Twenty years ago, one of the most comprehensive bloodlettings in human history happened in the small Central African country of Rwanda. Beginning in April and continuing for some 100 days into July, a state-sponsored campaign of mass extermination was waged by the country’s majority Hutu population against their Tutsi neighbors. It is estimated that between 800,000 and 1 million people were murdered. According to Survivor’s Fund (SURF), this averaged out to six men, women, and children killed every minute – a rate that surpassed that of any Nazi concentration camp. Descriptions of the slaughter return frequently to the stupefying amount of physical labor involved. Whole communities – kids included – were mobilized to take part in the killings. On the radio, citizens were exhorted to use whatever makeshift weapons were available: knives, clubs, rope, machetes; little was distant or antiseptic about this butchery.
One needn’t lean on metaphysics or theology to grapple with the roots of such evil. As Scholastique Mukasonga shows in her expeditiously paced novel, Our Lady of the Nile, an ideology of resentment – a hangover of Rwanda’s colonialist history – was lodged throughout the country well before 1994. Mukasonga sets her novel at a lycée for girls fifteen years prior to the genocide. By adapting the genre of the boarding school novel, she gives a universal texture to the resentment, envy, and opportunism that are a part of any student body – but which in this context laid the runway for the physical and sexual violence perpetuated on the behalf of what the world would come to know as Hutu Power.
Nestled high above a valley, in the Nyambinombe district, the school takes its name from a statue of the Virgin Mary located some two kilometers away from its campus where it overlooks a stream credited as the source of the Nile River. As the book’s narrator, students, and teachers eagerly note, Our Lady of the Nile is tasked with grooming the country’s young, female elite. Although the Mother Superior who heads the school pays lip service to the idea that the young women in her charge might use their education to secure prominent positions in the labor force, most of the students view such contentions as vapid idealism that does not speak to their predicament.
The patriarchal expectations heaped on these girls make a description like this typical: “He viewed his daughter as a prime ornament for embassy dinners and receptions.” A rhetorical crescendo occurs halfway through the story when one of the seniors rebukes the novel’s de facto villain, Gloriosa – a pompous, two-dimensional demagogue who openly threatens the small quota of admitted Tutsi students.
“That’s enough,” Gloriosa said… “It’s time we remembered who we are and where we are. We are the lycée of Our Lady of the Nile, which trains Rwanda’s female elite. We’re the ones who’ve been chosen to spearhead women’s advancement. Let us be worthy of the trust placed in us by the majority people.”
“Gloriosa,” said Imaculée, “do you think it’s already time for you to give us one of your politician-type speeches? Like we were at a rally? Women’s advancement, well let’s talk about that! The reason most of us are here is for our family’s advancement, not for our own future but for that of the clan. We were already fine merchandise, since nearly all of us are daughters of rich and powerful people, daughters of parents who know how to trade us for the highest price, and a diploma will inflate our worth even more…”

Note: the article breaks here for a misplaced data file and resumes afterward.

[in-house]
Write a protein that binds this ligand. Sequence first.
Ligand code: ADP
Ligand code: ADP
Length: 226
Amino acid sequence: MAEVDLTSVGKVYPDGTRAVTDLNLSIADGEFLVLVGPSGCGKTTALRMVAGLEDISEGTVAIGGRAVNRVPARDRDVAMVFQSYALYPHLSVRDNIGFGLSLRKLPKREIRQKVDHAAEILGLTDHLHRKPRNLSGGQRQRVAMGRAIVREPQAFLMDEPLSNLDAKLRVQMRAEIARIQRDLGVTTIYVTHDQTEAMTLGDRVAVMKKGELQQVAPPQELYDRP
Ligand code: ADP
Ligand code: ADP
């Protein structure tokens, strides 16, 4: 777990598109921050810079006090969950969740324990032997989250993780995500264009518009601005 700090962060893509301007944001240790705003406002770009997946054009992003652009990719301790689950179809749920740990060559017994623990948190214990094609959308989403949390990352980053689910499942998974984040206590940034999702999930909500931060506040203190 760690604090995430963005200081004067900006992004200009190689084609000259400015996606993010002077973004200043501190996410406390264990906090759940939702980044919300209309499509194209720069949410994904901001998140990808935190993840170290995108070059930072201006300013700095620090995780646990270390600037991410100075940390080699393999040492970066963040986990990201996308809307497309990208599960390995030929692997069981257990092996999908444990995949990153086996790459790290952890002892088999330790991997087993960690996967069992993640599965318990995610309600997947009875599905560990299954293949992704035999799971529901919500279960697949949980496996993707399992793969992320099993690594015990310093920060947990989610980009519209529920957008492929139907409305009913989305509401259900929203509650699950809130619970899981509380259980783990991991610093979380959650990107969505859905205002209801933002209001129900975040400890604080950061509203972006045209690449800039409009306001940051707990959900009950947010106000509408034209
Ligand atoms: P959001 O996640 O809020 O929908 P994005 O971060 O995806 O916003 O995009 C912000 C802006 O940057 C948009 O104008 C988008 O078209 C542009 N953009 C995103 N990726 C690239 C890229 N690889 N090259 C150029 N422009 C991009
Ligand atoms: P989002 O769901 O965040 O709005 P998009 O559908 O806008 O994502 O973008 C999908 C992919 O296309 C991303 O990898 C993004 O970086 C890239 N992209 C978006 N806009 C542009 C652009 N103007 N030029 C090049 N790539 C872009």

“Just listen to her,” jeered Gloriosa, “she’s talking like a white girl in the movies, or in those books the French teacher makes us read.”
There is a stagy quality to some of this dialogue which — though obviously called out in the above — nonetheless crops up elsewhere. At times, the characters feel a bit artificial, as if they are informing on themselves:
”Listen, Virginia, there’s something I want to tell you. But don’t breathe a word to anyone.”
“You know we Tutsi never reveal our secrets, Veronica. We’re taught to keep our mouths shut.”
Though the dialogue skews too much to blatant declarations for my tastes, Mukasonga is a gifted storyteller with a sure sense of plot construction, and an aptitude for crafting piquant descriptions. Despite my quibbles, "Our Lady of the Nile" swept me up with its artful bitterness. The novel has many targets. Like the skin-whitening creams pedaled to black women, or a teacher who buys into the sort of notorious argument advanced in Hegel’s "Lectures on the Philosophy of History" (1837) that Africa has “no historical part of the World” – which is recast in the novel’s parlance as “History meant Europe, and Geography, Africa.”
Mukasonga rightly traces the origins of the Hutu-Tutsi conflict to European, or more precisely Belgian colonialists who pursued a divide and conquer strategy by elevating the Tutsis in society on account of their supposed racial superiority – lighter skin tone, smaller noses, etc. These spurious racial generalizations took corrosive hold over the society despite the fact that Hutus and Tutsis had intermarried for generations, leaving their bloodlines indistinguishable. By the time the colonialists switched sides and backed the Hutus over the Tutsis near the end of their colonial tenure, a perilous sense of grievance was cultivated in a top-down fashion that a militant, political class used to consolidate power.
If "Our Lady of the Nile" is constrained by its tendentious characterizations of people – each character a political point or archetype – it is buoyed by its air of foreboding consequence that imparts urgency to almost every page.
Christopher Byrd is a writer who lives in New York.